The emphasis of this blog has been cooking with young children. However, there are cooking challenges with children of all ages. I just read this article about teenagers cooking and thought some of you may have older children, too, and would find value in this as well.
It is written by Glenda Gourley, a food and nutrition educator, who has a passion for getting kids into the kitchen cooking and having fun. She has developed a strategy specifically for teenage children. Her website http://www.TeachChildrenToCook.com is designed to help parents and teachers to teach kids to cook: from this site you can access the site hosted by her teenage daughter Claire, which aims to inspire kids to cook with easy, fun, healthy recipes.
“Inspiring teens to cook is tough. We all know that children haven’t got basic food skills – either in preparation or how to make good food choices. The challenge is to bridge the gap between teen apathy and imparting food skills.
In my work with teens I have discovered that this problem knows no international barriers. The consequences of this are evident everywhere in western countries – obesity is rising, consumption of fruit and vegetables is declining and consumption of highly processed foods rises. The next generation is in trouble – they just don’t know it yet. We owe it to them to give them the right skills. Kids need to be inspired and empowered to up-skill themselves and take responsibility for what they eat.
Of all the research and focus groups, the most poignant has been discovering what teens think parents need to do if they want them to learn to cook. We identified eight key points. I still struggle to keep a straight face when I recall how deadly serious they were. So whilst they may be laced with humor – make no mistake, the kids meant them.
These points verge on being precocious, but it certainly helps parents to know what teenagers are thinking. Teenagers are fickle and probably one of the more complicated groups you can try to influence – but also one of the most rewarding when you get it right. I suggest you consider the following with an open mind and then discuss it with your teen – I am sure you will find we are not too far off the mark.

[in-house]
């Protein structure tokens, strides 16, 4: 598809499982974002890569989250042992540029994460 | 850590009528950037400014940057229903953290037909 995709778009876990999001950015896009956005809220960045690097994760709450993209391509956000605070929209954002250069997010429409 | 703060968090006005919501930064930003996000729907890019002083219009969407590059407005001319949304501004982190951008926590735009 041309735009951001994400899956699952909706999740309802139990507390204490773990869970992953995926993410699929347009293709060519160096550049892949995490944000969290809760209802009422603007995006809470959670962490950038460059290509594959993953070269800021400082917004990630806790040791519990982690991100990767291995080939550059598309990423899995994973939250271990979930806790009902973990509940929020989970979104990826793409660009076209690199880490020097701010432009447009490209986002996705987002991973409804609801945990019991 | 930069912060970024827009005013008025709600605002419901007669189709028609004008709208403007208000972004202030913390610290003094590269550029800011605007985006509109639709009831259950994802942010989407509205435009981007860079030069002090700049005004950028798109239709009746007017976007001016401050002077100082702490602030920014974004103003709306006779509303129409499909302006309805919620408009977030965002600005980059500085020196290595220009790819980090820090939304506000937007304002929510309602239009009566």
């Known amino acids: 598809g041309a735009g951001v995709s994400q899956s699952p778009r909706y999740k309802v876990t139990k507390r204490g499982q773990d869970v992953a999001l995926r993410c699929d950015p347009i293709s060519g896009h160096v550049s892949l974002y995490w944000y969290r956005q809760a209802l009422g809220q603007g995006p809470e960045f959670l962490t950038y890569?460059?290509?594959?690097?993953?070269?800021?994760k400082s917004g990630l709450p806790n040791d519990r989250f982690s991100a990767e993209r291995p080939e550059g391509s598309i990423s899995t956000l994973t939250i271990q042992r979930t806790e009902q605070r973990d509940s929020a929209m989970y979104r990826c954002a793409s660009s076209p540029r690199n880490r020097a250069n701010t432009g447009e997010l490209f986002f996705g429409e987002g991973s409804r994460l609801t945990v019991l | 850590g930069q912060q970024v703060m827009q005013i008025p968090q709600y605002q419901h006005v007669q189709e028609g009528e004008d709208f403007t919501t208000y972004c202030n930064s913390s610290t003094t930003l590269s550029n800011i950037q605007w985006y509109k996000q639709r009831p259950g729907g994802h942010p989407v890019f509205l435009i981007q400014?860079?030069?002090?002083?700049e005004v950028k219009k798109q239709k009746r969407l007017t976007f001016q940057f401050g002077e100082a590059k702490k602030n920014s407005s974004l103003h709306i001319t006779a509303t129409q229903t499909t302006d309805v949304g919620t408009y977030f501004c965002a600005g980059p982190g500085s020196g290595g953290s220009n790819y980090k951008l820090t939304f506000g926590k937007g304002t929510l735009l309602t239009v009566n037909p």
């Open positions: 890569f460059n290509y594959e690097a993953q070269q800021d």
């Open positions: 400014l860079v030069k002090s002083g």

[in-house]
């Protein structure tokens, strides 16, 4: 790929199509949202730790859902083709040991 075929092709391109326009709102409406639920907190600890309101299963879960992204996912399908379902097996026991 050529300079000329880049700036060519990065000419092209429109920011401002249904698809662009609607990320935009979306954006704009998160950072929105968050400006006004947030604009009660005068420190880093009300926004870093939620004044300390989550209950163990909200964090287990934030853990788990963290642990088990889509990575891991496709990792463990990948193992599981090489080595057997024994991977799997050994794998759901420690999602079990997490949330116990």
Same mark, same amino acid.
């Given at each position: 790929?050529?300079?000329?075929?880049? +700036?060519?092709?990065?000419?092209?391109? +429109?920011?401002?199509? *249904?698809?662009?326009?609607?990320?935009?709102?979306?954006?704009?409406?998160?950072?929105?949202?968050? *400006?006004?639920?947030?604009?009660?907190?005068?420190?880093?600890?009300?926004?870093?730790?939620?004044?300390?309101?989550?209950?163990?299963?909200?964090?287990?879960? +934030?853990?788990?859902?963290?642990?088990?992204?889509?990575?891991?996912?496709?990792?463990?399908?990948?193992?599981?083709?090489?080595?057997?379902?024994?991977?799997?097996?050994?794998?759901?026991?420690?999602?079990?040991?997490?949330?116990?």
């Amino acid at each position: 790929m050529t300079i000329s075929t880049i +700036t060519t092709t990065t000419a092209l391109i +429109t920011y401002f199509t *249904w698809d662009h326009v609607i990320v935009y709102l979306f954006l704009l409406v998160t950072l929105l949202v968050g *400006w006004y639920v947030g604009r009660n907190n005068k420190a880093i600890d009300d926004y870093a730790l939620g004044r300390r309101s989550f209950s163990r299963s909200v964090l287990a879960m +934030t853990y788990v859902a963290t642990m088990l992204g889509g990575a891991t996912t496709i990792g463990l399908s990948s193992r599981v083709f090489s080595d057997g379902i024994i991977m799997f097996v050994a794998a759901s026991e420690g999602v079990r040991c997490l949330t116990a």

In the words of teens, this is what parents should do…
1. Let me choose what I cook – simple, if I don’t like it I’m not going to want to cook it.
2. Get me a recipe that works – If I go to the effort of cooking I want it to work. I don’t want have to have to keep running to you to ask what to do next.
3. Have all the ingredients – don’t expect me to be able to substitute ingredients when I am just starting out.
4. Stay out of the kitchen – don’t be a helicopter hovering around, give me some space to work things out. But stick around the house in case I need to ask.
5. Resist ‘you should have’ comments – please, please resist the ‘you should have done this’ or ‘I do it this way’ sort of advice. If I want to know I’ll ask.
6. Be impressed – if you expect me to do this again you need to be impressed, so you might have to ‘fake it until I make it’. And don’t go telling all your friends if I do burn something or do something stupid.
7. Don’t nag – if I take a bit longer than you do or I don’t clean up exactly like you do please give me some slack. I have just cooked you a meal!
8. Cut me a deal! – be prepared to cut me a deal – if you expect me to buy into this ‘cook a meal once a week idea’ there has to be something in it for me. This ‘skills for a lifetime’ doesn’t really flick my switch – but money for the movies, being able to borrow the car or that new dress does. Make me feel like I earned it.Okay – I know it’s all about me – but I’m a teenager – it’s always about me!
Teens, especially older ones, will be leaving home before you know it. You are doing your child a huge favor if you ensure they are armed with basic cooking skills before they venture out into the big world. By knowing how to cook, teens can learn to make meals they like, make better food choices, and they will be able to better make their money go further. The added bonus is as they learn a repertoire of recipes you see them gain confidence – and you get to eat the results. I certainly can vouch how delightful it is when one of the children prepares dinner!
So take these eight tips on board and aim to inspire your teenager to cook in 2011. It will make a big difference.”
Cooking is a basic skill that is important for persons of all ages.
Lee Jackson, CFCS
Food and Family Living Specialist